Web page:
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Re: (Voyager) 4 years out. My advice? Go to business school

Postby Pneumonia » Mon Nov 03, 2014 12:03 am

I agree with the premise ITT that B school > law school, and that on the whole consulting/business in-house > than biglaw/legal in-house. However, the number of T6 law school kids that could snag an M7 MBA is much much lower than Voyager is making it out to be.

Yes b-schools value diversity, to a point. Like they're not letting in 5+ Target asst. mgrs. or whatever, and law schools, even T6 law schools, are riddled with people who's work experience is significantly less impressive than that. That is why we're in law school to begin with.

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Re: (Voyager) 4 years out. My advice? Go to business school

Postby 84651846190 » Mon Nov 03, 2014 12:08 am

Voyager wrote:
juzam_djinn wrote:I still don't understand why biz people are incapable of realizing that law school is still primarily LITIGATION-focused...just b/c the lawyers you interact w/ are more likely to be transactional folk doesn't mean that's what all, or even most, lawyers do...


It's funny you should say that because:
1) I had an offer to join the litigation department of a V50; a department I did my 2L summer at
2) I did multiple internships at the USAO SDNY, the Queens DA's office and had an offer to become an ADA with the Bronx DA
3) I worked for a short period of time before law school at a plaintiff's law firm as a legal assistant
4) I have multiple friends who are currently 4th year litigators

In short: there is a high likelihood that I actually know a crap ton more about being a litigator than you do, assuming you are a 1L or 2L.

I can also assure you that the work is AWFUL.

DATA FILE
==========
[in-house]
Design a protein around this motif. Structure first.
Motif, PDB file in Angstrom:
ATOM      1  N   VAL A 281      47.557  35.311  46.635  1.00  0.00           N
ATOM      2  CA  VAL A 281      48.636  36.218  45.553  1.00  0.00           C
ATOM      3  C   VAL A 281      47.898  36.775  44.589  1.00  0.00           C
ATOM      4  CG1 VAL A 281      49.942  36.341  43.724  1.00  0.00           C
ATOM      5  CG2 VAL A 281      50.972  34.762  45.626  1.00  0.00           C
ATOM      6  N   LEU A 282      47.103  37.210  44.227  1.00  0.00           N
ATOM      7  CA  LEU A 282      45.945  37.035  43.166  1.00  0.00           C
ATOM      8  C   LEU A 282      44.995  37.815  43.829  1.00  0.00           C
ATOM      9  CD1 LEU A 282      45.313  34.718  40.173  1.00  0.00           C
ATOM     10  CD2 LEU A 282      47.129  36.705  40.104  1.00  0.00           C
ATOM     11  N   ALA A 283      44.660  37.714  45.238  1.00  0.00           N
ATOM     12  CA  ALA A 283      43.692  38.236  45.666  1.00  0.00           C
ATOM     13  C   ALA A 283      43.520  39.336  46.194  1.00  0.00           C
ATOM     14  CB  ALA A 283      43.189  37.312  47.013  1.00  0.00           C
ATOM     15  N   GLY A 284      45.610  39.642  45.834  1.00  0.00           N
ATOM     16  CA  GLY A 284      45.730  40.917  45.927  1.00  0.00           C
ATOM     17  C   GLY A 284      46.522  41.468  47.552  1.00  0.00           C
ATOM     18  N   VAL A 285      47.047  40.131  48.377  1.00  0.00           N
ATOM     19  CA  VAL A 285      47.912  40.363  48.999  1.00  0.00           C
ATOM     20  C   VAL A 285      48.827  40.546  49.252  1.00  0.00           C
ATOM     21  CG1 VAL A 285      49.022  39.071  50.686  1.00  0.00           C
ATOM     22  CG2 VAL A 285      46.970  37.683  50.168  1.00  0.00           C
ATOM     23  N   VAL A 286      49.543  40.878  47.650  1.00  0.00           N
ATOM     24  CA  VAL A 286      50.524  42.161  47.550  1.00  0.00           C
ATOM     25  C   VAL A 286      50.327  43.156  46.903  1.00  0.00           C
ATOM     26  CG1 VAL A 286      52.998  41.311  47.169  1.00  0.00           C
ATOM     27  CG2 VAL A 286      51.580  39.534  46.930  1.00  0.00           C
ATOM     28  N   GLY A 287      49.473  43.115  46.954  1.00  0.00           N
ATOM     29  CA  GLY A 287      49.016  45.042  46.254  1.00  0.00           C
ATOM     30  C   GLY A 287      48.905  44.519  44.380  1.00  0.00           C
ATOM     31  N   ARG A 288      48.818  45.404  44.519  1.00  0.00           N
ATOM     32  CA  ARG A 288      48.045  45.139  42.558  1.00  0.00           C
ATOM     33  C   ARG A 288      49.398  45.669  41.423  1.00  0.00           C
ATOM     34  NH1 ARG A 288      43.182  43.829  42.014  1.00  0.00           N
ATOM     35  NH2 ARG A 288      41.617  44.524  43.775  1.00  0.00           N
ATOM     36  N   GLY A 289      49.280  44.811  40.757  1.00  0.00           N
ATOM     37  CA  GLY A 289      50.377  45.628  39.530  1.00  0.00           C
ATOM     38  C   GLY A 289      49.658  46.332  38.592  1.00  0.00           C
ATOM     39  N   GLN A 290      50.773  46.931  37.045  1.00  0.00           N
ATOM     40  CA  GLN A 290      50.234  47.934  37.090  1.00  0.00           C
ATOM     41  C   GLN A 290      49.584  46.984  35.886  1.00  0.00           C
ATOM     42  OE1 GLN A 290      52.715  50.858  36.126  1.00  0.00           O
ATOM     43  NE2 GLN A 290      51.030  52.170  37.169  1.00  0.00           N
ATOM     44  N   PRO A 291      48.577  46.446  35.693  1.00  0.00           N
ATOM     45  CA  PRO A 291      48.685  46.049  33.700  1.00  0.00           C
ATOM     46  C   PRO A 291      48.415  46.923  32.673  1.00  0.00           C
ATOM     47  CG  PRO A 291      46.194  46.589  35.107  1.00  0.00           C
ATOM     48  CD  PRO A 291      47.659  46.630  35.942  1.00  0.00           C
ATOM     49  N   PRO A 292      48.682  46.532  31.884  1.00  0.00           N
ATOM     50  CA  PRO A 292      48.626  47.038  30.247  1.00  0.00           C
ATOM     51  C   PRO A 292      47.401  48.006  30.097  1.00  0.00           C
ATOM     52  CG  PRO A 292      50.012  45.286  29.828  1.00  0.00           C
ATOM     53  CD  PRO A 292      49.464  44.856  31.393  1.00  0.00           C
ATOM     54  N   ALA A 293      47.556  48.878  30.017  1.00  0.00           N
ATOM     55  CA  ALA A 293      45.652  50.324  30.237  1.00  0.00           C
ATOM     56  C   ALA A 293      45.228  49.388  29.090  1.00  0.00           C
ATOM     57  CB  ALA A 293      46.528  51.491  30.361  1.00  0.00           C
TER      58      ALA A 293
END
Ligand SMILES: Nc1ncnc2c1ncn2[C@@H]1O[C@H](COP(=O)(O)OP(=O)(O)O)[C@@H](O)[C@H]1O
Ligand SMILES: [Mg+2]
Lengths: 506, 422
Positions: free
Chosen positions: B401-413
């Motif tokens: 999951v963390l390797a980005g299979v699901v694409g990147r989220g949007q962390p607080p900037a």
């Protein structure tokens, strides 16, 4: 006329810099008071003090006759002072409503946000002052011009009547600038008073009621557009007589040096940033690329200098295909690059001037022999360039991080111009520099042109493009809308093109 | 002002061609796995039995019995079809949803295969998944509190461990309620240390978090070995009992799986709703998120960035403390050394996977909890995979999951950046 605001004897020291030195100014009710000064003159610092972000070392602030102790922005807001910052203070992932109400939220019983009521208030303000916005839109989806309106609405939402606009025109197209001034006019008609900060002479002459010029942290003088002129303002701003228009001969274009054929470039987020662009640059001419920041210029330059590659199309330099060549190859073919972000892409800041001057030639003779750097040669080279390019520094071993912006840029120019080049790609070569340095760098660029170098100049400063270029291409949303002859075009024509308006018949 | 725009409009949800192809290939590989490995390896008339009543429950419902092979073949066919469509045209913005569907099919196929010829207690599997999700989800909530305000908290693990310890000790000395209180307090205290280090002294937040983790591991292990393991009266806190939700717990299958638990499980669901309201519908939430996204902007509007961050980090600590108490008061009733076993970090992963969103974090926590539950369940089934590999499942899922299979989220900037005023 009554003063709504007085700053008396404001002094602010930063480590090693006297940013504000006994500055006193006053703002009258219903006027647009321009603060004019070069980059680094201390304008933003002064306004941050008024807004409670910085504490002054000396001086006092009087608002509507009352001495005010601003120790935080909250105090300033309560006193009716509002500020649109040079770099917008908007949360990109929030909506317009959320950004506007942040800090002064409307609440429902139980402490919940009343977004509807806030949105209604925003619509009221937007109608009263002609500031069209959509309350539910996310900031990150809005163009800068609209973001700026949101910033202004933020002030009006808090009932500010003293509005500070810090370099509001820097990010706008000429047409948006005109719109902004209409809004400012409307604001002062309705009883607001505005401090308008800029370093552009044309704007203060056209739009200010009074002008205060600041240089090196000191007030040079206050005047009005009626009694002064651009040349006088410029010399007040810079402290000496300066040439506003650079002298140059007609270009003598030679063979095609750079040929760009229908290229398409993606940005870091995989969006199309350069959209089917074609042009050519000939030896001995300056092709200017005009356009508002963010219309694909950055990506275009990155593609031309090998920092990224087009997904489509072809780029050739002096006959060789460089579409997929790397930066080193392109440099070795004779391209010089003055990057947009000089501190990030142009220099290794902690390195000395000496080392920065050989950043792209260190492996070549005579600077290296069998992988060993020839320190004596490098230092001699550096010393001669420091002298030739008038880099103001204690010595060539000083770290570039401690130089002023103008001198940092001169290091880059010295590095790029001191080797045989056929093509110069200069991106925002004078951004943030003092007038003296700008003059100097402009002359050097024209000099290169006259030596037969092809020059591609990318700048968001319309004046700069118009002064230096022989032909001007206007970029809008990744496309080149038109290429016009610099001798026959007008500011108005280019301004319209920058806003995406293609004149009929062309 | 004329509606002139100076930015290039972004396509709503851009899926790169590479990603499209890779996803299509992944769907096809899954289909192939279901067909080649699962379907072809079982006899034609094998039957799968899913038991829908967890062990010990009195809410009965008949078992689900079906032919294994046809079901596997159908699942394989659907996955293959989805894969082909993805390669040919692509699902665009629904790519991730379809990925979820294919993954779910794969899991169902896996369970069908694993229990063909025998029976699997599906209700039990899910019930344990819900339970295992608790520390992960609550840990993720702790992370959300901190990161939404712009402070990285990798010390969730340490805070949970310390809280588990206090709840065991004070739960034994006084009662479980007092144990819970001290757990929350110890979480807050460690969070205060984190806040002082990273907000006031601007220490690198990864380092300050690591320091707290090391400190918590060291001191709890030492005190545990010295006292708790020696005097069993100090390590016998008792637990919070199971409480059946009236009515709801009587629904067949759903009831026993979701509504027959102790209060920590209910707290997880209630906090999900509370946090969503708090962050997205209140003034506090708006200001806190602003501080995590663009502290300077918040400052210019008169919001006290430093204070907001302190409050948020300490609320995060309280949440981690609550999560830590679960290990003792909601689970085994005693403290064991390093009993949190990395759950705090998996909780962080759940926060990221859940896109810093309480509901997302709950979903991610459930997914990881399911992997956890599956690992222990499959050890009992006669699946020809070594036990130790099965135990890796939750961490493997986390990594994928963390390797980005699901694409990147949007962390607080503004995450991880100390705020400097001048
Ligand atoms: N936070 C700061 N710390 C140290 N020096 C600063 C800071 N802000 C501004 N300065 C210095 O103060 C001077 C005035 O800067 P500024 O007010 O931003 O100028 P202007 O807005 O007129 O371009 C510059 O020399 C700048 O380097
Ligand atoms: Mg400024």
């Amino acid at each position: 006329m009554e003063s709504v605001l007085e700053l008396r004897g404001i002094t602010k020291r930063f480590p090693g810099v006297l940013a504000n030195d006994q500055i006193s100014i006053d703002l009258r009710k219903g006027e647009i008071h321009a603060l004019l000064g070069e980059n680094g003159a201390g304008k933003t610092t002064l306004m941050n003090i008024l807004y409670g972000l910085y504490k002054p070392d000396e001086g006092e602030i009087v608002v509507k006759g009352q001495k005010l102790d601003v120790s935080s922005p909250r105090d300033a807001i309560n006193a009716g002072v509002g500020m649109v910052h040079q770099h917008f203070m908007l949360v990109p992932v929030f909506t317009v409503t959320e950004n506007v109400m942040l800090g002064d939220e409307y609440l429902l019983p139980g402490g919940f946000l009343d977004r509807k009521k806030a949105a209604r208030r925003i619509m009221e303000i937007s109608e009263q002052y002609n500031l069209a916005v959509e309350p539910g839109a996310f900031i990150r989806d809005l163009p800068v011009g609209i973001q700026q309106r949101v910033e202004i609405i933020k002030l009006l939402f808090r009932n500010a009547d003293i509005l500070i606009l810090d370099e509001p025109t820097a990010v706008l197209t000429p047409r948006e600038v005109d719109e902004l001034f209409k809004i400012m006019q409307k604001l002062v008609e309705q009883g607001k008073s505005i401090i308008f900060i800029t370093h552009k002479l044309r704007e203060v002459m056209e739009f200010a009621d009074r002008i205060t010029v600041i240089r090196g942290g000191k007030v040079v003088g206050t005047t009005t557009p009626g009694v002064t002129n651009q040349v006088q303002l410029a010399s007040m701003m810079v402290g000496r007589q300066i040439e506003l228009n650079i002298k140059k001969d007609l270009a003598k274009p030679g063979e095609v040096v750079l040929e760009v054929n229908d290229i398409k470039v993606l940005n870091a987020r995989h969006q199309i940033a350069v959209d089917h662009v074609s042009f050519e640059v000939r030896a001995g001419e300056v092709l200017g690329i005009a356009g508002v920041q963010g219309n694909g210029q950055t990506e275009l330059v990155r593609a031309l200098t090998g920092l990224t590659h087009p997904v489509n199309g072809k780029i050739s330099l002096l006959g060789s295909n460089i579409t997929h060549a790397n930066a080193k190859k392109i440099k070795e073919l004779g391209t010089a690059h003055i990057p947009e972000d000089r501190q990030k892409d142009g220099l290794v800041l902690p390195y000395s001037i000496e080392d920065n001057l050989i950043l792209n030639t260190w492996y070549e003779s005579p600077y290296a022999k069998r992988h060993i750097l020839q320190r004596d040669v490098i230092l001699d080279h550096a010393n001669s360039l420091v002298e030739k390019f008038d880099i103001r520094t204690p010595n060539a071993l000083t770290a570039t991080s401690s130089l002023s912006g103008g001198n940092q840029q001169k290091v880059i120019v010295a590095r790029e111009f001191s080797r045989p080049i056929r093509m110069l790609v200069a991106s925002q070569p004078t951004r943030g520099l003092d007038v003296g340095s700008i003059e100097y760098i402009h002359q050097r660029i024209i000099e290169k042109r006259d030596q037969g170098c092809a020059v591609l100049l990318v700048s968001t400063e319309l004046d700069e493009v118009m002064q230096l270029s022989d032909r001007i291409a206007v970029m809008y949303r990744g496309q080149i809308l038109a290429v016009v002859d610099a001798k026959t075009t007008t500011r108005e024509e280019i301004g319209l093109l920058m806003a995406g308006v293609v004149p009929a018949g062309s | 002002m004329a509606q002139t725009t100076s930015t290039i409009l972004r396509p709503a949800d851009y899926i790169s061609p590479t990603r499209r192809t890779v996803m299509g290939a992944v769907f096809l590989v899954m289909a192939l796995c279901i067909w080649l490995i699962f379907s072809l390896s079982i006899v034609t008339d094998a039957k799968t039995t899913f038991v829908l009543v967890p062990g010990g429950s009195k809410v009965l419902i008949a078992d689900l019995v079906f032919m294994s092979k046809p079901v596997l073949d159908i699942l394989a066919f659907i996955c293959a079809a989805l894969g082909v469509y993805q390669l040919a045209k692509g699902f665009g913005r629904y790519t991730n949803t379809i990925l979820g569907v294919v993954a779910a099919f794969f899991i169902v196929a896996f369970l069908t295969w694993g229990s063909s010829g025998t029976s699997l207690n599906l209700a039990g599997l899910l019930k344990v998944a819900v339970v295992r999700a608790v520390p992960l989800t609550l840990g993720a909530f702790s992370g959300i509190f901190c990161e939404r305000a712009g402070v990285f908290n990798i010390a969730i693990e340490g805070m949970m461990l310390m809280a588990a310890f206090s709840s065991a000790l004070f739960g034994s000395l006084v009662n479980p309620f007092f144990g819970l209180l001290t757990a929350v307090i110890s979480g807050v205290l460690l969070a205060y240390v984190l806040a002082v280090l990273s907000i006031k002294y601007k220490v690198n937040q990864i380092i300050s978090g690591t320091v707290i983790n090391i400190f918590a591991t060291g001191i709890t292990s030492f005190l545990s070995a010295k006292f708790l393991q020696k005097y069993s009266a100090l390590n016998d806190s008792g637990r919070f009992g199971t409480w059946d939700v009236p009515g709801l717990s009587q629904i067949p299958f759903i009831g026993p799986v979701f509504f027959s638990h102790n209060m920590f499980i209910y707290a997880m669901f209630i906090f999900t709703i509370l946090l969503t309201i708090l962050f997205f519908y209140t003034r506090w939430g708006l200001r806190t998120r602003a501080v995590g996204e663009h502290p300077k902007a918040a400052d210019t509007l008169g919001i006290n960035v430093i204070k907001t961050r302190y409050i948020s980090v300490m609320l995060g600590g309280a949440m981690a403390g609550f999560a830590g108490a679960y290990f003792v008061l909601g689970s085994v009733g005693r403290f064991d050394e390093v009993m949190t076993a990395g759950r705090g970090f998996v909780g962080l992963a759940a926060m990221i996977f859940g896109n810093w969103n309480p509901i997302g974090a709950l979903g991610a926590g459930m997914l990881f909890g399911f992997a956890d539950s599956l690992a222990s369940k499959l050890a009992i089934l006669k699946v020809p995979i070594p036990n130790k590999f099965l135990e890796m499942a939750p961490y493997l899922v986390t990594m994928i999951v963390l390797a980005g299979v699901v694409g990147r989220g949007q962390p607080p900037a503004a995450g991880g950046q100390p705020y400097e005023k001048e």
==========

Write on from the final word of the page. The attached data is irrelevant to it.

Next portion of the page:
EDIT: let's talk LITIGATION:
1) You spend almost all of your time researching cases on LexisNexis and then writing memos about them. It sucks. It is thankless. AND YOU BETTER HAVE YOUR COMMAS IN THE RIGHT PLACE HERE AS WELL!
2) You get to put together evidence binders with colored tabs! YAY! COLOR! Hopefully that will help with your depression
3) As you approach trial, hours will ramp up from ludicrous to INSANE
4) If you are lucky, you will get to run a deposition as a 4th year associate! EXCITING!

I do agree that AUSAs have a pretty good gig going on. That seemed fun. Very few of you will get a chance at that. Very few. ADA is also difficult to get as so many kids want to go do it. Keep in mind that ADAs earn a pittance and you spend your first while trying nonsense misdemeanors.


Litigator here. Litigation does indeed suck ass, but you left out the biggest reason it sucks: ZERO upward mobility. The amount of leverage in litigation is well hidden by the layers of service partners, of counsel and senior associates. Entry-level attorneys look at the number of litigation partners and the number of associates making partner in litigation and figure their chances of "making it" align with these metrics. They are wrong. The life of a service partner/of counsel/super senior associate with NO BUSINESS (which comprises the VAST MAJORITY of partners in litigation, in my experience) is a life of abject servitude. You work more hours than juniors and midlevels, in many instances, and you will always be treated like a bitch by the rainmakers. Always. If you don't mind being a bitch, the pay is not so bad, but it's incredibly hard to survive past your tenth year since there are so many eager cucksuckers lined up behind you desperately trying to get the gold star of service partnership.
Last edited by 84651846190 on Mon Nov 03, 2014 12:09 am, edited 1 time in total.

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Re: (Voyager) 4 years out. My advice? Go to business school

Postby juzam_djinn » Mon Nov 03, 2014 12:09 am

Voyager wrote:
juzam_djinn wrote:I still don't understand why biz people are incapable of realizing that law school is still primarily LITIGATION-focused...just b/c the lawyers you interact w/ are more likely to be transactional folk doesn't mean that's what all, or even most, lawyers do...


It's funny you should say that because:
1) I had an offer to join the litigation department of a V50; a department I did my 2L summer at
2) I did multiple internships at the USAO SDNY, the Queens DA's office and had an offer to become an ADA with the Bronx DA
3) I worked for a short period of time before law school at a plaintiff's law firm as a legal assistant
4) I have multiple friends who are currently 4th year litigators